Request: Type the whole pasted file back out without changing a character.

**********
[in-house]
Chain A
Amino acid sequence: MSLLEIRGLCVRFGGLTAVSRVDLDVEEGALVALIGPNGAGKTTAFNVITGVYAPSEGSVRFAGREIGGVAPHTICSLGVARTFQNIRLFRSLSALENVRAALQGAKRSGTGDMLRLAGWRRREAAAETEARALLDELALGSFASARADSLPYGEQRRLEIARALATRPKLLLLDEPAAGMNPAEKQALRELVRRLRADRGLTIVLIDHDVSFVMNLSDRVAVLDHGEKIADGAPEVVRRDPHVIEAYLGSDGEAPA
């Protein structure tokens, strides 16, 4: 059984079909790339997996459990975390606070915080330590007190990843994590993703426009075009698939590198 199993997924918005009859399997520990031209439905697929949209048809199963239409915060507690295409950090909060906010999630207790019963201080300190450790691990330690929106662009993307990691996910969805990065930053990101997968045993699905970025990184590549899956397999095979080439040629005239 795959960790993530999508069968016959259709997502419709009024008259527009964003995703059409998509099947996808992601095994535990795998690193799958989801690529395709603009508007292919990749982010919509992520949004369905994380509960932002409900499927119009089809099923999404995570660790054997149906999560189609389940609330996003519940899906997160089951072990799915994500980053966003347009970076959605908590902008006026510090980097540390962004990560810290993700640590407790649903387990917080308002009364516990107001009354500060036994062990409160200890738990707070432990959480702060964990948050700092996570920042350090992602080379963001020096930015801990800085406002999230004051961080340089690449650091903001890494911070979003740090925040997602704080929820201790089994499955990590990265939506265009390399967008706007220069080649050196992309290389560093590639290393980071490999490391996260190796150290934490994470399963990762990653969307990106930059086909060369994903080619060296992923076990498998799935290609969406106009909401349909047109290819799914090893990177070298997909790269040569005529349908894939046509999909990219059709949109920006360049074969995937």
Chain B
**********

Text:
[in-house]
Chain A
Amino acid sequence: MSLLEIRGLCVRFGGLTAVSRVDLDVEEGALVALIGPNGAGKTTAFNVITGVYAPSEGSVRFAGREIGGVAPHTICSLGVARTFQNIRLFRSLSALENVRAALQGAKRSGTGDMLRLAGWRRREAAAETEARALLDELALGSFASARADSLPYGEQRRLEIARALATRPKLLLLDEPAAGMNPAEKQALRELVRRLRADRGLTIVLIDHDVSFVMNLSDRVAVLDHGEKIADGAPEVVRRDPHVIEAYLGSDGEAPA
């Protein structure tokens, strides 16, 4: 059984079909790339997996459990975390606070915080330590007190990843994590993703426009075009698939590198 199993997924918005009859399997520990031209439905697929949209048809199963239409915060507690295409950090909060906010999630207790019963201080300190450790691990330690929106662009993307990691996910969805990065930053990101997968045993699905970025990184590549899956397999095979080439040629005239 795959960790993530999508069968016959259709997502419709009024008259527009964003995703059409998509099947996808992601095994535990795998690193799958989801690529395709603009508007292919990749982010919509992520949004369905994380509960932002409900499927119009089809099923999404995570660790054997149906999560189609389940609330996003519940899906997160089951072990799915994500980053966003347009970076959605908590902008006026510090980097540390962004990560810290993700640590407790649903387990917080308002009364516990107001009354500060036994062990409160200890738990707070432990959480702060964990948050700092996570920042350090992602080379963001020096930015801990800085406002999230004051961080340089690449650091903001890494911070979003740090925040997602704080929820201790089994499955990590990265939506265009390399967008706007220069080649050196992309290389560093590639290393980071490999490391996260190796150290934490994470399963990762990653969307990106930059086909060369994903080619060296992923076990498998799935290609969406106009909401349909047109290819799914090893990177070298997909790269040569005529349908894939046509999909990219059709949109920006360049074969995937």
Chain B